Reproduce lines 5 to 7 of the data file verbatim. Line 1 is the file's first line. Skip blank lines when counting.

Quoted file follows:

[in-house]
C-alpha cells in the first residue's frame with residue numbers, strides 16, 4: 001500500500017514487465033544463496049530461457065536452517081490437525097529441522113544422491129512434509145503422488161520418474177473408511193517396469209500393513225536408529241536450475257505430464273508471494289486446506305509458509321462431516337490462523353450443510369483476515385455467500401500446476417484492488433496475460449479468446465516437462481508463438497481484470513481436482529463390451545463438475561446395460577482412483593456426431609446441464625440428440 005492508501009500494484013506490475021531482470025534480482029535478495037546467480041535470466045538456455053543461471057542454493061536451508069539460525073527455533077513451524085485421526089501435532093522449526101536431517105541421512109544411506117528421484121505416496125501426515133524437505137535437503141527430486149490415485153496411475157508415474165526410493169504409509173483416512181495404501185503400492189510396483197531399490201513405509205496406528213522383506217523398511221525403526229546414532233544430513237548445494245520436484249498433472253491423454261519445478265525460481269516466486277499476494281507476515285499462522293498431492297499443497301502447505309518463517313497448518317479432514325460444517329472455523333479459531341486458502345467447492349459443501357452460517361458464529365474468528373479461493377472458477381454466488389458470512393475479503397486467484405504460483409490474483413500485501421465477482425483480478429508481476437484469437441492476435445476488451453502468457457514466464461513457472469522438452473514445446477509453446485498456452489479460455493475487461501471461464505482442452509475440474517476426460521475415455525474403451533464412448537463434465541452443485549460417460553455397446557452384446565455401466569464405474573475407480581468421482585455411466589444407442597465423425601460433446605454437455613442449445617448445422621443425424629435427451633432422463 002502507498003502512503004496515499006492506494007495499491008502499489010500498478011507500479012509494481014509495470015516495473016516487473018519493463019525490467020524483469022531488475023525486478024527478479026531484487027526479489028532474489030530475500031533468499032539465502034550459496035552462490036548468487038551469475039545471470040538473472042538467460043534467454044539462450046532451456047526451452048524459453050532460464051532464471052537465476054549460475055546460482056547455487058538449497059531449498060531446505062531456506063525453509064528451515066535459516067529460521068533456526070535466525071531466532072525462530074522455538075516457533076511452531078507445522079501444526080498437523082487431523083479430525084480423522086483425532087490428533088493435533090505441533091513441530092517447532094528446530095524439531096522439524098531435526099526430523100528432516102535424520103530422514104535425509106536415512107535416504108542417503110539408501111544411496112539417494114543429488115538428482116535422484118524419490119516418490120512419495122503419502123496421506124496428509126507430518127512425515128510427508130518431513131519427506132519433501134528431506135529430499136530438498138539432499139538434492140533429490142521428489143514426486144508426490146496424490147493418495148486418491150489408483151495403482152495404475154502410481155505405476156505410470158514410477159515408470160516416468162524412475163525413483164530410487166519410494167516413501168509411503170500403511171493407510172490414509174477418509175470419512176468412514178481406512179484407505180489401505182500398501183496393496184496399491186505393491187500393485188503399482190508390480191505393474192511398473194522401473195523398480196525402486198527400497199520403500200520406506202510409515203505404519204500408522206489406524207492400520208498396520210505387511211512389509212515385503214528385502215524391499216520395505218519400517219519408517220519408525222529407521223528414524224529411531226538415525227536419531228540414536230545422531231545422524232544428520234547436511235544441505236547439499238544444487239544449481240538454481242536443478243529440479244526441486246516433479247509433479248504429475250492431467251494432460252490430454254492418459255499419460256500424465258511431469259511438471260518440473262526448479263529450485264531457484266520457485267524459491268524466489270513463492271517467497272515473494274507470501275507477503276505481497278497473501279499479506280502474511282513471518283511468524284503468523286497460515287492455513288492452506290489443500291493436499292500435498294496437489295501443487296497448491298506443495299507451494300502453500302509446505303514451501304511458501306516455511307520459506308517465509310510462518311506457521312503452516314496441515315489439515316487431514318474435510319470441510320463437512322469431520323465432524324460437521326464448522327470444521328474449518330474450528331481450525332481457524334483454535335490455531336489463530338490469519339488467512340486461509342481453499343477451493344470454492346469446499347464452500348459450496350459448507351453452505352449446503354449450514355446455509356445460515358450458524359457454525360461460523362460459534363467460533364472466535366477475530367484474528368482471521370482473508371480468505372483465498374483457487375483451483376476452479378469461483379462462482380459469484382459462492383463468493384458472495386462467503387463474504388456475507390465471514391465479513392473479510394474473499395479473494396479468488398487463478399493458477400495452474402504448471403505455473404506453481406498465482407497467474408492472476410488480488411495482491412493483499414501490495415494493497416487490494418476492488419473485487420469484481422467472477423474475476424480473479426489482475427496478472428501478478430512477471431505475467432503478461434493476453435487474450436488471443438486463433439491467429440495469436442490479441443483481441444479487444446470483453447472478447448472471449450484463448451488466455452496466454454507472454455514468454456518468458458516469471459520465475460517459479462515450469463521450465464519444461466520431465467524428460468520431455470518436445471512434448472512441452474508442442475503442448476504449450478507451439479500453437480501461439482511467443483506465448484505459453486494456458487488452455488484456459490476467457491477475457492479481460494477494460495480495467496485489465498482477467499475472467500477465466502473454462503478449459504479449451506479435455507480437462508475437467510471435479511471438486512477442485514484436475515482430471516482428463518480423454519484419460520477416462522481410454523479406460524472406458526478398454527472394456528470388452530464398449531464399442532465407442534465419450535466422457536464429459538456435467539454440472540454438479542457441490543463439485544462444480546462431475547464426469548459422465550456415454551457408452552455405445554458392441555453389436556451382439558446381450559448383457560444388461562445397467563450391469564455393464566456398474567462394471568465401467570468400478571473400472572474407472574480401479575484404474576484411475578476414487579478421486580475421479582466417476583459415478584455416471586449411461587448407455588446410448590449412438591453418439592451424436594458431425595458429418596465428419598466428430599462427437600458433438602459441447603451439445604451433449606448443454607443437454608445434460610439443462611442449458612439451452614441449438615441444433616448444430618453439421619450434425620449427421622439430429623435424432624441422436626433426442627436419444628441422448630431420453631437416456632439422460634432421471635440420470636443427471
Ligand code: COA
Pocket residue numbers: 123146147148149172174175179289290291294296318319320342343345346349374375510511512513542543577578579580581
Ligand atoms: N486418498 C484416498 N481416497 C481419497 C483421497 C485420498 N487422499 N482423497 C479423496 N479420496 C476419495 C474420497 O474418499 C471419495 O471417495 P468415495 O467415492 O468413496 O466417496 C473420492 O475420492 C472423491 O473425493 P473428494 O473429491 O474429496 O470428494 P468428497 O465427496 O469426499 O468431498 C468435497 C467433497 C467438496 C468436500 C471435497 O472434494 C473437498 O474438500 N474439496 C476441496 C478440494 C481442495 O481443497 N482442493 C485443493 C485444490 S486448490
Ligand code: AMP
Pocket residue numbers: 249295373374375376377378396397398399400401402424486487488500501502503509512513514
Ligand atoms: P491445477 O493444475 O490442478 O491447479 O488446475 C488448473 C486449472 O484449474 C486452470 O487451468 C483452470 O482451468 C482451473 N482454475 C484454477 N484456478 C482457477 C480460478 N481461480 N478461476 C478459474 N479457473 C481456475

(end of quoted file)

Ligand atoms: N486418498 C484416498 N481416497 C481419497 C483421497 C485420498 N487422499 N482423497 C479423496 N479420496 C476419495 C474420497 O474418499 C471419495 O471417495 P468415495 O467415492 O468413496 O466417496 C473420492 O475420492 C472423491 O473425493 P473428494 O473429491 O474429496 O470428494 P468428497 O465427496 O469426499 O468431498 C468435497 C467433497 C467438496 C468436500 C471435497 O472434494 C473437498 O474438500 N474439496 C476441496 C478440494 C481442495 O481443497 N482442493 C485443493 C485444490 S486448490
Ligand code: AMP
Pocket residue numbers: 249295373374375376377378396397398399400401402424486487488500501502503509512513514